A Toronto band with two members of Acid Test (who were an intriguing mix of grungy rock and baggy electronics for the most part), ON seems to be something of a hark back to their rock roots, and it’s a hugely enjoyable album for this child of the early-nineties (and yes, expect to hear this track on a future /thekindamzkyoulike livestream). The lead track Underdog seethes with the riffs and melody I’d expect from the period it is clearly leaning back on, and charges through like an unstoppable train.
/No Yes More Less
/The Merciless Light
The continuing, utterly relentless output of Raymond Watts – this will be his fifth full-length album in the past five years or so, as well as a number of remix albums, covers and singles – should perhaps be seen as a remarkable burst of inspiration. That said, the impact of Pain Killer last year was dulled a bit by the sheer length of it, and I thought it notable that the material released thus far from the upcoming The Merciless Light seems to be rather shorter and direct. Such as the excellent opening track No Yes More Less, which grooves and snarls over a solid chug of a rhythm – and with some of the lyrics in German and En Esch present and correct once again, there’s a distinct feel that Watts is – again – doing a better job of being KMFDM than KMFDM do these days, but also standing on his own as the pre-eminent industrial rock artist of the time.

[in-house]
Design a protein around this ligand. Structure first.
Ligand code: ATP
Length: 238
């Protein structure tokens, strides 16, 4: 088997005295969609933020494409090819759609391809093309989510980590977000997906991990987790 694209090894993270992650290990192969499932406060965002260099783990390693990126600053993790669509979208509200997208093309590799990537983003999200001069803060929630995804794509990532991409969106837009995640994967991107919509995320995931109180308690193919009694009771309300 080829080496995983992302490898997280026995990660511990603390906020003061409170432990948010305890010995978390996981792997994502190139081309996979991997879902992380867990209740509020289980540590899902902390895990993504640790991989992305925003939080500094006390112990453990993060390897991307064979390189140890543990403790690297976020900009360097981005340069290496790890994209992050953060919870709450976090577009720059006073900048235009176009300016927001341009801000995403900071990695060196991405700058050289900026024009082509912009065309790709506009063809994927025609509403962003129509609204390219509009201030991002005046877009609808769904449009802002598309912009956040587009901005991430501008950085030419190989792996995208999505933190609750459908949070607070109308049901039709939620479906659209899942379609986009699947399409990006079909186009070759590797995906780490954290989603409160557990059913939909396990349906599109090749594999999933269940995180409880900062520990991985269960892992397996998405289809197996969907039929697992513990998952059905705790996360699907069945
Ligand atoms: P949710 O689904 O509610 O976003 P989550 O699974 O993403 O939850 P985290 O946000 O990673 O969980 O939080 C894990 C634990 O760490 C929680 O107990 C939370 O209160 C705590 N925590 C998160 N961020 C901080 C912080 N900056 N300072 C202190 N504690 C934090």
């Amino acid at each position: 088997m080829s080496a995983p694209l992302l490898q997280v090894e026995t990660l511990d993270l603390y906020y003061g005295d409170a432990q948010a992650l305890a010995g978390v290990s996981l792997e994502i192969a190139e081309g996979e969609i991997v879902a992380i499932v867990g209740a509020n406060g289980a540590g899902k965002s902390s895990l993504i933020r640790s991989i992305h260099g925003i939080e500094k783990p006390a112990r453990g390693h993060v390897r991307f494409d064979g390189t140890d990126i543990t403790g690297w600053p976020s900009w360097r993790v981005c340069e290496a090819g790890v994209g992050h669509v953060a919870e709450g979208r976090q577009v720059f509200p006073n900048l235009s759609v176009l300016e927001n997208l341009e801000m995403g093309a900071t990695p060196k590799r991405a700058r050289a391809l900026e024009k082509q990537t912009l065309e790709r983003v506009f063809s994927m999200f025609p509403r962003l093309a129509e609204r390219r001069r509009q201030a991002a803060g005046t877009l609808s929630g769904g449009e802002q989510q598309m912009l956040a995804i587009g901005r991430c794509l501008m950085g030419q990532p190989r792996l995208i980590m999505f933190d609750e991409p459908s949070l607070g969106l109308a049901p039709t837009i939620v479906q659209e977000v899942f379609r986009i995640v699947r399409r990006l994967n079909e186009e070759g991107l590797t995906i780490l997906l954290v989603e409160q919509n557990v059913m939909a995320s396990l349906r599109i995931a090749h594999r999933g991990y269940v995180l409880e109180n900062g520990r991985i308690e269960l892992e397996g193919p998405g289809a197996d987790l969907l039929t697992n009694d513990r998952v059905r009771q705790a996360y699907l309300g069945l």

/Giving The Past Away
Somehow, this track got left off last year’s album Distant Populations, and instead has been released as a standalone single before they began their latest US tour, with Clutch. Walter Schreifels leads the song as ever with his distinctive vocals, and the initially slower pace of the track rolls into a thick, heavy chorus and the distinct feeling of a weighty, crushing song. It might not quite be the “Greatest Quicksand Song Ever” (as was the working title, apparently), but on repeated listens, it might be close.
/One Twenty Two
A most unexpected new track this past month came from the long-split Botch, who quietly reunited to record just one new track as part of the upcoming reissue of We Are the Romans in November (comments on Consequence from songwriter Dave Knudson suggests the coming together was a happy accident, and Brian Cook on Twitter has more on it). The band that arguably created a subgenre of complex, facemelting metallic hardcore that countless others have followed, haven’t lost an ounce of their brutality, it seems – indeed the work in a host of other bands in the twenty years since they last performed has only served to sharpen the edges that bit more.
/Where We Sleep
Following on from the first WWS live show (with at least one more to come this autumn), and the excellent debut album The Scars They Leave from last year, comes the latest single from Beth Rettig’s solo project. This one is a slow burner, building from sparse synths and a looped bassline, finally reaching a simmering boil of melody and noise. Also of note, not for the first time this week, is the clever video by Ashley Jones, that brings us multiple Beths and even turns her into a Greek Goddess.
On a similar line of thinking to the excellent Caustic/Grabyourface release above, Seattle’s Black Agent have released a similarly furious track inspired by the striking down of Roe vs Wade. Their track, like their other output, has a dense, woozy mix reminiscent of classic Skinny Puppy, and continues the other classic industrial lineage, that of sampling extremist Christian sermons. An excellent postscript to their 2022 work, and Industrial Ruination remains highly recommended by this writer.